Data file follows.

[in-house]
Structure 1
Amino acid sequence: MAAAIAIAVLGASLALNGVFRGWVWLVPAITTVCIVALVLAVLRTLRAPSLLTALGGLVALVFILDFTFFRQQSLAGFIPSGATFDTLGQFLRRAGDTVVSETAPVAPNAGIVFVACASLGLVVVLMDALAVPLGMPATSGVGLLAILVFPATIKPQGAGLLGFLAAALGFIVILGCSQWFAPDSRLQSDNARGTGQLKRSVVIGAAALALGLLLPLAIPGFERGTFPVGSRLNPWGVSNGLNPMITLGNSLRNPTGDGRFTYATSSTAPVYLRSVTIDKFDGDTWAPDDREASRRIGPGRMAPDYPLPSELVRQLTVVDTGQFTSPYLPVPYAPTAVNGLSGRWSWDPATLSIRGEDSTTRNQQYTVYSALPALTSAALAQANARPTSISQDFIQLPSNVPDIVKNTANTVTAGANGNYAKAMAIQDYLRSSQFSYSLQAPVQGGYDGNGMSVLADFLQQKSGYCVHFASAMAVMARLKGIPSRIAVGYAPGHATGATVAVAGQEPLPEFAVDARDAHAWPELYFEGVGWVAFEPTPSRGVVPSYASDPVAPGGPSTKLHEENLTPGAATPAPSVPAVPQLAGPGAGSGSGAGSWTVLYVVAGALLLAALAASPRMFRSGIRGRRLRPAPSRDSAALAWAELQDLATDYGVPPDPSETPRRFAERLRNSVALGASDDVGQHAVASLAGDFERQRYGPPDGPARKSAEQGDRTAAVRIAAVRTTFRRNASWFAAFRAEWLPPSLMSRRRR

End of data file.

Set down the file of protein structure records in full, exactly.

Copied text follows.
[in-house]
Structure 1
Amino acid sequence: MAAAIAIAVLGASLALNGVFRGWVWLVPAITTVCIVALVLAVLRTLRAPSLLTALGGLVALVFILDFTFFRQQSLAGFIPSGATFDTLGQFLRRAGDTVVSETAPVAPNAGIVFVACASLGLVVVLMDALAVPLGMPATSGVGLLAILVFPATIKPQGAGLLGFLAAALGFIVILGCSQWFAPDSRLQSDNARGTGQLKRSVVIGAAALALGLLLPLAIPGFERGTFPVGSRLNPWGVSNGLNPMITLGNSLRNPTGDGRFTYATSSTAPVYLRSVTIDKFDGDTWAPDDREASRRIGPGRMAPDYPLPSELVRQLTVVDTGQFTSPYLPVPYAPTAVNGLSGRWSWDPATLSIRGEDSTTRNQQYTVYSALPALTSAALAQANARPTSISQDFIQLPSNVPDIVKNTANTVTAGANGNYAKAMAIQDYLRSSQFSYSLQAPVQGGYDGNGMSVLADFLQQKSGYCVHFASAMAVMARLKGIPSRIAVGYAPGHATGATVAVAGQEPLPEFAVDARDAHAWPELYFEGVGWVAFEPTPSRGVVPSYASDPVAPGGPSTKLHEENLTPGAATPAPSVPAVPQLAGPGAGSGSGAGSWTVLYVVAGALLLAALAASPRMFRSGIRGRRLRPAPSRDSAALAWAELQDLATDYGVPPDPSETPRRFAERLRNSVALGASDDVGQHAVASLAGDFERQRYGPPDGPARKSAEQGDRTAAVRIAAVRTTFRRNASWFAAFRAEWLPPSLMSRRRR